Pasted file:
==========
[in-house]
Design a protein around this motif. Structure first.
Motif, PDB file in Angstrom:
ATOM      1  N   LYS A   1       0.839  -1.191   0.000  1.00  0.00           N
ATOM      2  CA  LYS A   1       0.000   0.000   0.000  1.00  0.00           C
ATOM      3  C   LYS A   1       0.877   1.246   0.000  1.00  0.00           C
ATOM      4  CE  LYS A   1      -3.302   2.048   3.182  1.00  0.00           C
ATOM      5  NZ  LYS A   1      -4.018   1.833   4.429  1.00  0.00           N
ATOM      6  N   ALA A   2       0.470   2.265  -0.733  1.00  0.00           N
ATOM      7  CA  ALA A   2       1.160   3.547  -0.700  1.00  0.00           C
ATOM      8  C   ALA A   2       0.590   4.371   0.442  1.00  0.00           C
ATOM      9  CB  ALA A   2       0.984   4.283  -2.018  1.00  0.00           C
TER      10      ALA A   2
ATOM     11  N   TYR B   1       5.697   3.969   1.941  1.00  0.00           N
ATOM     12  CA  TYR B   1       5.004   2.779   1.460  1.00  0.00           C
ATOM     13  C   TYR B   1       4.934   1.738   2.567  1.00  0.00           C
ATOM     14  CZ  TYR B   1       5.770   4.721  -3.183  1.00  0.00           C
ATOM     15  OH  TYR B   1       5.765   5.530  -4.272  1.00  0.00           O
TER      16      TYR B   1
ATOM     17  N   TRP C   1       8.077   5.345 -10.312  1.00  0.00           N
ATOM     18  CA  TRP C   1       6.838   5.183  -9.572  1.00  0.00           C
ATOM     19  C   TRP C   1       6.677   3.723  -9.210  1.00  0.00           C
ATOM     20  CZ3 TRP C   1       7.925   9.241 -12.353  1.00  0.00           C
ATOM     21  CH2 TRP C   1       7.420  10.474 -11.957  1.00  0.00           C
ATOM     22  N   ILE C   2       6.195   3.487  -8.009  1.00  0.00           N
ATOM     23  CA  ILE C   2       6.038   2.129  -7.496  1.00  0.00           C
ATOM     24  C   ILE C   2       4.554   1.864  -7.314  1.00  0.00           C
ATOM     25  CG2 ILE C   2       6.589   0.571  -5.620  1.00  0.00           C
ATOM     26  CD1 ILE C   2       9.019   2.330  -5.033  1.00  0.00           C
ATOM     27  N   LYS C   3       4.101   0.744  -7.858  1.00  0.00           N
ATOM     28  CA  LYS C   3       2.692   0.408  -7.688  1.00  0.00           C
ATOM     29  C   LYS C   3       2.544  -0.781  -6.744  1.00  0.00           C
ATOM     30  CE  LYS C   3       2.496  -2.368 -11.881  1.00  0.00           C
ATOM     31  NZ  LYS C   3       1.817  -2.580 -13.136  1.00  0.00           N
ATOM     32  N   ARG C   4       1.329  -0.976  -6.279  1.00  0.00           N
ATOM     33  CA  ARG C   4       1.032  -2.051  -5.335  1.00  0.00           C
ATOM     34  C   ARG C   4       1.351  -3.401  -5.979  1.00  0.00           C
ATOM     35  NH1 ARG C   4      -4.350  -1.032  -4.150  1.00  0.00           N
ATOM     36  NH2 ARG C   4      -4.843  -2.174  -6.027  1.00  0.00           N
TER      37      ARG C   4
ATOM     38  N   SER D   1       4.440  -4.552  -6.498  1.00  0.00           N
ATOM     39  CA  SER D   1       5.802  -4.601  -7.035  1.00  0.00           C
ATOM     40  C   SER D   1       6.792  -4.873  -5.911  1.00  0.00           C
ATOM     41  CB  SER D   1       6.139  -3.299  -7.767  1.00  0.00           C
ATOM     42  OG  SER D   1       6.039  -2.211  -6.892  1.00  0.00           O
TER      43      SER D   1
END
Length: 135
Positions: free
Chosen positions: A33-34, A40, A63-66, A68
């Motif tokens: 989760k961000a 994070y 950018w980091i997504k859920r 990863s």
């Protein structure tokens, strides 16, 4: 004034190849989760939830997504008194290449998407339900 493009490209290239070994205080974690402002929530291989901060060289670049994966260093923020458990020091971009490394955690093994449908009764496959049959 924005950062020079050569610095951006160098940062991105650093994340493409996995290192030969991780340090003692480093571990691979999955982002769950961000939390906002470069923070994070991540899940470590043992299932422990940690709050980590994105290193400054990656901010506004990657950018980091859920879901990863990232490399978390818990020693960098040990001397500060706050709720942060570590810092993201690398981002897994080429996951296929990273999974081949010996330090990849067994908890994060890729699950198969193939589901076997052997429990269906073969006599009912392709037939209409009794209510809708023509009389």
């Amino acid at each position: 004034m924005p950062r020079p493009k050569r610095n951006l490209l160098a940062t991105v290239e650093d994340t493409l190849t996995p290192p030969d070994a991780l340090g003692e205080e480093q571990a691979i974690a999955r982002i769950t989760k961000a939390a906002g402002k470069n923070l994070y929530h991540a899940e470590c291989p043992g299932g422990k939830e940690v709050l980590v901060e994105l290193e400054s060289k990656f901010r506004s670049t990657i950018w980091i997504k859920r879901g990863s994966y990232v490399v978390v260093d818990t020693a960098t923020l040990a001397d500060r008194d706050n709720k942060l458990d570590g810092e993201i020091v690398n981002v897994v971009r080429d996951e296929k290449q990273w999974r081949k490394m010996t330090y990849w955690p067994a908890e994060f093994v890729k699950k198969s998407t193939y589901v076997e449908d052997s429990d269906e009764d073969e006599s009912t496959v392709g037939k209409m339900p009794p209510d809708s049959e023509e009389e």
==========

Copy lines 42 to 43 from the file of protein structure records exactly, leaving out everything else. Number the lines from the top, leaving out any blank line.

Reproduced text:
ATOM     39  CA  SER D   1       5.802  -4.601  -7.035  1.00  0.00           C
ATOM     40  C   SER D   1       6.792  -4.873  -5.911  1.00  0.00           C